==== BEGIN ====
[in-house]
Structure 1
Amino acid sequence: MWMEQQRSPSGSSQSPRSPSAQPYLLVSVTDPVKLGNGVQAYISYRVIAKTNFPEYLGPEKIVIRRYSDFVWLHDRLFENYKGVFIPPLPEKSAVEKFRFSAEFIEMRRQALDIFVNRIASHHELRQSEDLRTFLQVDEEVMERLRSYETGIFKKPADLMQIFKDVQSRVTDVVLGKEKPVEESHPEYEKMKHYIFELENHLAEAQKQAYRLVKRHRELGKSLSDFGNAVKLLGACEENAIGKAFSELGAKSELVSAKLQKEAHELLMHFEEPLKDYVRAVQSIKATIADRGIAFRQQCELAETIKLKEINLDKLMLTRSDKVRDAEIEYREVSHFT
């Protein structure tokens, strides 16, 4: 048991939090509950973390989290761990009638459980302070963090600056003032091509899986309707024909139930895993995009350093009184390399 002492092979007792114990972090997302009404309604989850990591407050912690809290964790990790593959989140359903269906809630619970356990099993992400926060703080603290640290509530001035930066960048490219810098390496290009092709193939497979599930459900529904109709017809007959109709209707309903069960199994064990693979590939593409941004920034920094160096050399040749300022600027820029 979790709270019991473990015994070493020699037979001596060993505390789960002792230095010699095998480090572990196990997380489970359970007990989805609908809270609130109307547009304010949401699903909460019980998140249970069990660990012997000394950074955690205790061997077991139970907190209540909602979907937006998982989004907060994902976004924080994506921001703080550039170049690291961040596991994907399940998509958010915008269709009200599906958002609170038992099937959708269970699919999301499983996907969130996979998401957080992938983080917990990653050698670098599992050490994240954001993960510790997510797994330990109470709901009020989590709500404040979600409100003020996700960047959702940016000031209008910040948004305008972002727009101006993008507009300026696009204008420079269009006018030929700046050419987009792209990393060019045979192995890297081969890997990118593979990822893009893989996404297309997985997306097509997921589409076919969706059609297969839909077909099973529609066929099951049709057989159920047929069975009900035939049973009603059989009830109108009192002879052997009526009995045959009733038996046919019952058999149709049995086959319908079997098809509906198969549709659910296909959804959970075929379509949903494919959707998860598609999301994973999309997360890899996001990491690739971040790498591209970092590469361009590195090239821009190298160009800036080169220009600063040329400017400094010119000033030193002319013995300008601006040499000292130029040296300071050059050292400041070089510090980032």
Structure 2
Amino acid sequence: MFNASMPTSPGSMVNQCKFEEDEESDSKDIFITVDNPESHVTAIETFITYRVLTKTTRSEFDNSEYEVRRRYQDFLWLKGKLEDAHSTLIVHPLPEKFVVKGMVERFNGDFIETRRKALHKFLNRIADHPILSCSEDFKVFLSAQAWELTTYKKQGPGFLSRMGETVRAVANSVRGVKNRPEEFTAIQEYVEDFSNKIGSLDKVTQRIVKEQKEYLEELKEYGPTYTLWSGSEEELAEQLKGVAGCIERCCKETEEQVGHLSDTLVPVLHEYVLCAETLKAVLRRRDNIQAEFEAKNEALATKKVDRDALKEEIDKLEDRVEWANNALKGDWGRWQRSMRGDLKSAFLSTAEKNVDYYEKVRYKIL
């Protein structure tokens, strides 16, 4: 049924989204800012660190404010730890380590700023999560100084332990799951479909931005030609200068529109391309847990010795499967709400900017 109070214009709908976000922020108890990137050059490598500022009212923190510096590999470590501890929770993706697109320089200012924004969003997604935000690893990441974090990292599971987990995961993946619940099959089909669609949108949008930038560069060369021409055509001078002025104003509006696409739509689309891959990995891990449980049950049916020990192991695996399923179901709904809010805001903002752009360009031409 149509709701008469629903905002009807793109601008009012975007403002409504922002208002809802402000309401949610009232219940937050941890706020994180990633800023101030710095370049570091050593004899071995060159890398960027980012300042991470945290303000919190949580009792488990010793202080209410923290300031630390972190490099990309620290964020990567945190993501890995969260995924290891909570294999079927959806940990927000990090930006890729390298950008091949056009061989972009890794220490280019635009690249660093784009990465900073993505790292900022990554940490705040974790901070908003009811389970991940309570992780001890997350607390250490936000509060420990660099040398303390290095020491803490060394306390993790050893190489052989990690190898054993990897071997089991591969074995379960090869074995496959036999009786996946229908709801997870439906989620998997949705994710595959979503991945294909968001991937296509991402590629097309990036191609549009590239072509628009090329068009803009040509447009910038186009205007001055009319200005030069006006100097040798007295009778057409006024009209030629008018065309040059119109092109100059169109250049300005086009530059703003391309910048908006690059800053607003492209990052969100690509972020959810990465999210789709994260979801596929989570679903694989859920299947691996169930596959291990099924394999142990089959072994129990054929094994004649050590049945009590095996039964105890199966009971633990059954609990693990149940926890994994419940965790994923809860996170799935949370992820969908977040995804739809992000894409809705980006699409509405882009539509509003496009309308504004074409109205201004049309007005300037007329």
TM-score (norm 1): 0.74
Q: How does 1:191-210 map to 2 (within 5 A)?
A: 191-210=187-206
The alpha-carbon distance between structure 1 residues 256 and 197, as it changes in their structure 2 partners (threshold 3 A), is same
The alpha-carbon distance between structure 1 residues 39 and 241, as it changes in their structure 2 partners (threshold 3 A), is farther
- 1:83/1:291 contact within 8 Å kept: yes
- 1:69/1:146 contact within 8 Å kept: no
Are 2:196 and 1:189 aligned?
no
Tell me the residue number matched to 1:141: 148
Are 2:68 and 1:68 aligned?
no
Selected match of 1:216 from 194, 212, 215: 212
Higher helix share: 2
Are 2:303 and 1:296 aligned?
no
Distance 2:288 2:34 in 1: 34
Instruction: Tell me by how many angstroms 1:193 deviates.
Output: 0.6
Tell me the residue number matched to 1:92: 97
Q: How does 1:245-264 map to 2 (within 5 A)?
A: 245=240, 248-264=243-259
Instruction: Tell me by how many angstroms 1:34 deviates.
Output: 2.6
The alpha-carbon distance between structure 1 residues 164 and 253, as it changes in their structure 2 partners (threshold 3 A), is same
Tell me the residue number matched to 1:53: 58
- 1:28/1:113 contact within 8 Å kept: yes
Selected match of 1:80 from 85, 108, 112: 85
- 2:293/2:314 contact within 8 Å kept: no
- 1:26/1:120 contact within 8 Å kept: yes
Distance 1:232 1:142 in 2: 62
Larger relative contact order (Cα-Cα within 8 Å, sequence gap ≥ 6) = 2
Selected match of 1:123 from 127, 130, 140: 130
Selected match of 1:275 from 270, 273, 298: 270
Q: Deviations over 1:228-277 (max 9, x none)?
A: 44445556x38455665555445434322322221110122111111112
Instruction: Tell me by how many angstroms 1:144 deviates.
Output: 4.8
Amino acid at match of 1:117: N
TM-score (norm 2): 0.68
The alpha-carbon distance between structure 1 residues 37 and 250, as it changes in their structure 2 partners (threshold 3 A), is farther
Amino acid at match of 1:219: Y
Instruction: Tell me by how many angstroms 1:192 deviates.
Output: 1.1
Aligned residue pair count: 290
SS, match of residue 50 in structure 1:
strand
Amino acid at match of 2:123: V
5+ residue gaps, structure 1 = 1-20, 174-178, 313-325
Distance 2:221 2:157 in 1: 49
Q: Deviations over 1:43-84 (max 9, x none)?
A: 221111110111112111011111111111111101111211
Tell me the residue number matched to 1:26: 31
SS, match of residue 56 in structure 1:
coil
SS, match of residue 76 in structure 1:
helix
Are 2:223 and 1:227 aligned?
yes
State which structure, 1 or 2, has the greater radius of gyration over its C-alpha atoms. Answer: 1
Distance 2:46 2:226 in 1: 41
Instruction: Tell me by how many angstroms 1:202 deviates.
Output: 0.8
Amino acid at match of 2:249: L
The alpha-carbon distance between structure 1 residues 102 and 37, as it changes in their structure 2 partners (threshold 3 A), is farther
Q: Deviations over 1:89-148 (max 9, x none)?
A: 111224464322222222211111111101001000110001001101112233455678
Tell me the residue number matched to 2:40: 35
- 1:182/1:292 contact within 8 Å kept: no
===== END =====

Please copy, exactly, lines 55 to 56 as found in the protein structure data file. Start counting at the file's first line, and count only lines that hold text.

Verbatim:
Amino acid at match of 2:123: V
5+ residue gaps, structure 1 = 1-20, 174-178, 313-325